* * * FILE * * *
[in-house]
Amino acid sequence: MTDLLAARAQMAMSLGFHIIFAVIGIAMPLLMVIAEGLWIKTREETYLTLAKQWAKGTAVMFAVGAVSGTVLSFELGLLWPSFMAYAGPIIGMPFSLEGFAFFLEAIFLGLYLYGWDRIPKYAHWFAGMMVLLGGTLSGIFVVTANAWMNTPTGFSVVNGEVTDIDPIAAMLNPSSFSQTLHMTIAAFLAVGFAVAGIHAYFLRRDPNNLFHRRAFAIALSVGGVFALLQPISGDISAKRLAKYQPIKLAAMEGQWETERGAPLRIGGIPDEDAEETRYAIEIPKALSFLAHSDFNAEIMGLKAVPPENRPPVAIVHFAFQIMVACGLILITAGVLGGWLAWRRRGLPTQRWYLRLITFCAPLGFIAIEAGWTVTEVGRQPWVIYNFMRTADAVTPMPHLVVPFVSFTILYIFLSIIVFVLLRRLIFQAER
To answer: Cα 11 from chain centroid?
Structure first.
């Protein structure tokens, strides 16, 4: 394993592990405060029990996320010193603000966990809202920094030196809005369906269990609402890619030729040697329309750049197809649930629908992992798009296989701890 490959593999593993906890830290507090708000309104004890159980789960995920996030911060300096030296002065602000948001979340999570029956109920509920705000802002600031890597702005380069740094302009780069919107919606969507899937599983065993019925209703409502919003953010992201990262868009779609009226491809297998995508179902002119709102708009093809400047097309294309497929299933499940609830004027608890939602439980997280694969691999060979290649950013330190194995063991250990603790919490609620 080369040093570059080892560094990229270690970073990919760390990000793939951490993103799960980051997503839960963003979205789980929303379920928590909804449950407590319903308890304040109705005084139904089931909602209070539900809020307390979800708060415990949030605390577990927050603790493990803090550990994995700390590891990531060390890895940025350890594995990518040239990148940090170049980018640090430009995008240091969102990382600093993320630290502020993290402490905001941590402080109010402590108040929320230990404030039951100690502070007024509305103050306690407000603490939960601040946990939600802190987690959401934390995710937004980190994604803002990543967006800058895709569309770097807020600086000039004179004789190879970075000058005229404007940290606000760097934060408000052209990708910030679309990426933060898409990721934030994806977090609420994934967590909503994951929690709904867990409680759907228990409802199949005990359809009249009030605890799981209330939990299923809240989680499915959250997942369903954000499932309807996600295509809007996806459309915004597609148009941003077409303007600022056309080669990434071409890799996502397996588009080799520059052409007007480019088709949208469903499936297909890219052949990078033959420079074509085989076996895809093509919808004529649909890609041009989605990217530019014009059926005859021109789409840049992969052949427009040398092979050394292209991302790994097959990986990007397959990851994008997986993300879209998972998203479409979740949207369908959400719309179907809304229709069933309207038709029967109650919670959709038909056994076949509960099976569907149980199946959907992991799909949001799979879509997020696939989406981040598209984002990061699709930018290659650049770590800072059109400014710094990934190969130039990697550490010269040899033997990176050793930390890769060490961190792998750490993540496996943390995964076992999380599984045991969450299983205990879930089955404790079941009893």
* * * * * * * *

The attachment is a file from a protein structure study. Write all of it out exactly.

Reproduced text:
[in-house]
Amino acid sequence: MTDLLAARAQMAMSLGFHIIFAVIGIAMPLLMVIAEGLWIKTREETYLTLAKQWAKGTAVMFAVGAVSGTVLSFELGLLWPSFMAYAGPIIGMPFSLEGFAFFLEAIFLGLYLYGWDRIPKYAHWFAGMMVLLGGTLSGIFVVTANAWMNTPTGFSVVNGEVTDIDPIAAMLNPSSFSQTLHMTIAAFLAVGFAVAGIHAYFLRRDPNNLFHRRAFAIALSVGGVFALLQPISGDISAKRLAKYQPIKLAAMEGQWETERGAPLRIGGIPDEDAEETRYAIEIPKALSFLAHSDFNAEIMGLKAVPPENRPPVAIVHFAFQIMVACGLILITAGVLGGWLAWRRRGLPTQRWYLRLITFCAPLGFIAIEAGWTVTEVGRQPWVIYNFMRTADAVTPMPHLVVPFVSFTILYIFLSIIVFVLLRRLIFQAER
To answer: Cα 11 from chain centroid?
Structure first.
């Protein structure tokens, strides 16, 4: 394993592990405060029990996320010193603000966990809202920094030196809005369906269990609402890619030729040697329309750049197809649930629908992992798009296989701890 490959593999593993906890830290507090708000309104004890159980789960995920996030911060300096030296002065602000948001979340999570029956109920509920705000802002600031890597702005380069740094302009780069919107919606969507899937599983065993019925209703409502919003953010992201990262868009779609009226491809297998995508179902002119709102708009093809400047097309294309497929299933499940609830004027608890939602439980997280694969691999060979290649950013330190194995063991250990603790919490609620 080369040093570059080892560094990229270690970073990919760390990000793939951490993103799960980051997503839960963003979205789980929303379920928590909804449950407590319903308890304040109705005084139904089931909602209070539900809020307390979800708060415990949030605390577990927050603790493990803090550990994995700390590891990531060390890895940025350890594995990518040239990148940090170049980018640090430009995008240091969102990382600093993320630290502020993290402490905001941590402080109010402590108040929320230990404030039951100690502070007024509305103050306690407000603490939960601040946990939600802190987690959401934390995710937004980190994604803002990543967006800058895709569309770097807020600086000039004179004789190879970075000058005229404007940290606000760097934060408000052209990708910030679309990426933060898409990721934030994806977090609420994934967590909503994951929690709904867990409680759907228990409802199949005990359809009249009030605890799981209330939990299923809240989680499915959250997942369903954000499932309807996600295509809007996806459309915004597609148009941003077409303007600022056309080669990434071409890799996502397996588009080799520059052409007007480019088709949208469903499936297909890219052949990078033959420079074509085989076996895809093509919808004529649909890609041009989605990217530019014009059926005859021109789409840049992969052949427009040398092979050394292209991302790994097959990986990007397959990851994008997986993300879209998972998203479409979740949207369908959400719309179907809304229709069933309207038709029967109650919670959709038909056994076949509960099976569907149980199946959907992991799909949001799979879509997020696939989406981040598209984002990061699709930018290659650049770590800072059109400014710094990934190969130039990697550490010269040899033997990176050793930390890769060490961190792998750490993540496996943390995964076992999380599984045991969450299983205990879930089955404790079941009893």